- Former SEC Chief lambasts “cryptocurrency lobbyists” for labeling SEC enforcement actions as “regulation by enforcement.”
- Besides, courts have upheld a broad array of SEC cases involving crypto-related offerings.
John Reed Stark, Former Chief, of the Securities, and Exchange Commission (SEC) Office of Internet Enforcement has lambasted “cryptocurrency lobbyists” for labeling SEC enforcement actions as “regulation by enforcement.”
He has termed this phrase as a “Bogus Big Crypto Catch Phrase.” He believes the argument is “sorely misguided” because that is exactly how securities regulations worked.
Stark, a crypto skeptic, stated in a blog post on 22 January that the argument is completely misguided because it was simply how securities regulations worked.
Securities regulation, according to Stark, works through litigation and enforcement. The adaptability of SEC statutory weaponry is an SEC hallmark, allowing SEC enforcement to combat fraud.
“In fact, the repetitive chorus of RBE [regulation by enforcement] is not only a misguided, deflective effort designed to tap into sympathetic libertarian and anti-regulatory mores – it’s also utter nonsense,” added Stark.
In the post, Stark wrote that when the SEC Office of Internet Enforcement was established in 1998, there were apprehensions that the regulations were too vague and that regulation by enforcement would curtail the growth of the internet. In retrospect, relying on the flexibility of securities regulation to police the internet was a mistake.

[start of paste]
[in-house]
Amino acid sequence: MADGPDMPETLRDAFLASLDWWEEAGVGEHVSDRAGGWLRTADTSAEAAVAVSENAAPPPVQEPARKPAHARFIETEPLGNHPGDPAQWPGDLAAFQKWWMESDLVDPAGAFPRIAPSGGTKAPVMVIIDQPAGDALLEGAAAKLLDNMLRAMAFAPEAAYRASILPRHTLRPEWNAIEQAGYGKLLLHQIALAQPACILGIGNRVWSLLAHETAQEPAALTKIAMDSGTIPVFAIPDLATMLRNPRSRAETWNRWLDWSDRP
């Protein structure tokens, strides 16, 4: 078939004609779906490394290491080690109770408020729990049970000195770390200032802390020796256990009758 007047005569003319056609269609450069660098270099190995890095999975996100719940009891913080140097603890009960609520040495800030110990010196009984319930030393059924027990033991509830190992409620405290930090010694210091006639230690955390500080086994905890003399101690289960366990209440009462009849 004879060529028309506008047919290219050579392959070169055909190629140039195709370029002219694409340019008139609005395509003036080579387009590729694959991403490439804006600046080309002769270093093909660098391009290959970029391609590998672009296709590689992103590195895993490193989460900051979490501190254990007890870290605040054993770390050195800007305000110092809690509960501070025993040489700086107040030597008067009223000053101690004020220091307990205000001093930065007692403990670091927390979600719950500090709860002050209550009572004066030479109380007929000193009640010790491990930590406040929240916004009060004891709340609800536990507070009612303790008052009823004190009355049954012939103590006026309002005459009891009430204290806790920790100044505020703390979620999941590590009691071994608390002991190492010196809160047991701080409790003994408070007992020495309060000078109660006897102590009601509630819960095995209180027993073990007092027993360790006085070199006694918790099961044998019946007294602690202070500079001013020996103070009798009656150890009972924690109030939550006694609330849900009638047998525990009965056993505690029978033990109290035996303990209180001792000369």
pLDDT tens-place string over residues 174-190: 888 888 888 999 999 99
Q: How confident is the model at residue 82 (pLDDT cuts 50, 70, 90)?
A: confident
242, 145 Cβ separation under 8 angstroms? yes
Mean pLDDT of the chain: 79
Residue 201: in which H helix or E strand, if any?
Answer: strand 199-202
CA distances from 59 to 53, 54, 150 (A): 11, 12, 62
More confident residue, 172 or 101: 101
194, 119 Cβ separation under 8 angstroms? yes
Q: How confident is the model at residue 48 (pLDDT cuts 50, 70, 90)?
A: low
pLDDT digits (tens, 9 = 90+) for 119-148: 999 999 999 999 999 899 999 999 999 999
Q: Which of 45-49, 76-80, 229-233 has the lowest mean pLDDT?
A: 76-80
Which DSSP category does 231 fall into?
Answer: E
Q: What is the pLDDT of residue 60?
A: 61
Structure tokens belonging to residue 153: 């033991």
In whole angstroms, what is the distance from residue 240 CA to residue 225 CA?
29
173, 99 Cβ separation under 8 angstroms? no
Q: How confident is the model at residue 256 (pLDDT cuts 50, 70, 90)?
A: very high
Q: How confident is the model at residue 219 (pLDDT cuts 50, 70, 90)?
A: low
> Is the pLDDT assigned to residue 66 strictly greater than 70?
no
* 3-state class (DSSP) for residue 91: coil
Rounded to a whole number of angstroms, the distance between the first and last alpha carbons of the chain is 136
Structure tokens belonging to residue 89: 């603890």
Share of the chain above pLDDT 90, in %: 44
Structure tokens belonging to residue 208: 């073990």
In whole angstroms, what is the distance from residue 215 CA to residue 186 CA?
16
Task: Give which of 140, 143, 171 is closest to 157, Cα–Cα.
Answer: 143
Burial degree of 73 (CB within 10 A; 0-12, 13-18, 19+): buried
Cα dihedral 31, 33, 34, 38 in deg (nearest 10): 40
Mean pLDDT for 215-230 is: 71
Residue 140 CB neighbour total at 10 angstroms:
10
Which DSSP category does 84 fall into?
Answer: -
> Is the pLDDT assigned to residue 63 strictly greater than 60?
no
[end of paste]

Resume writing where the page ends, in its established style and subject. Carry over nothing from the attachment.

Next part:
SEC handling multiple high-profile crypto cases
“Moreover, vigorous online SEC enforcement efforts also paved the way for legitimate technological innovations to flourish, rendering markets more efficient and transparent, thereby allowing investors more opportunities for success,” he said.
The SEC has launched a number of high-profile cases against crypto companies such as Ripple and LBRY in recent years, prompting some critics to argue that the SEC has been using enforcement actions to develop the law on a case-by-case basis rather than creating clear regulations.
“Indeed, courts have upheld a broad array of SEC cases involving crypto-related offerings. In fact, in the 127 crypto-related enforcement actions already filed by the SEC, the SEC has not lost a single case,” argued Stark.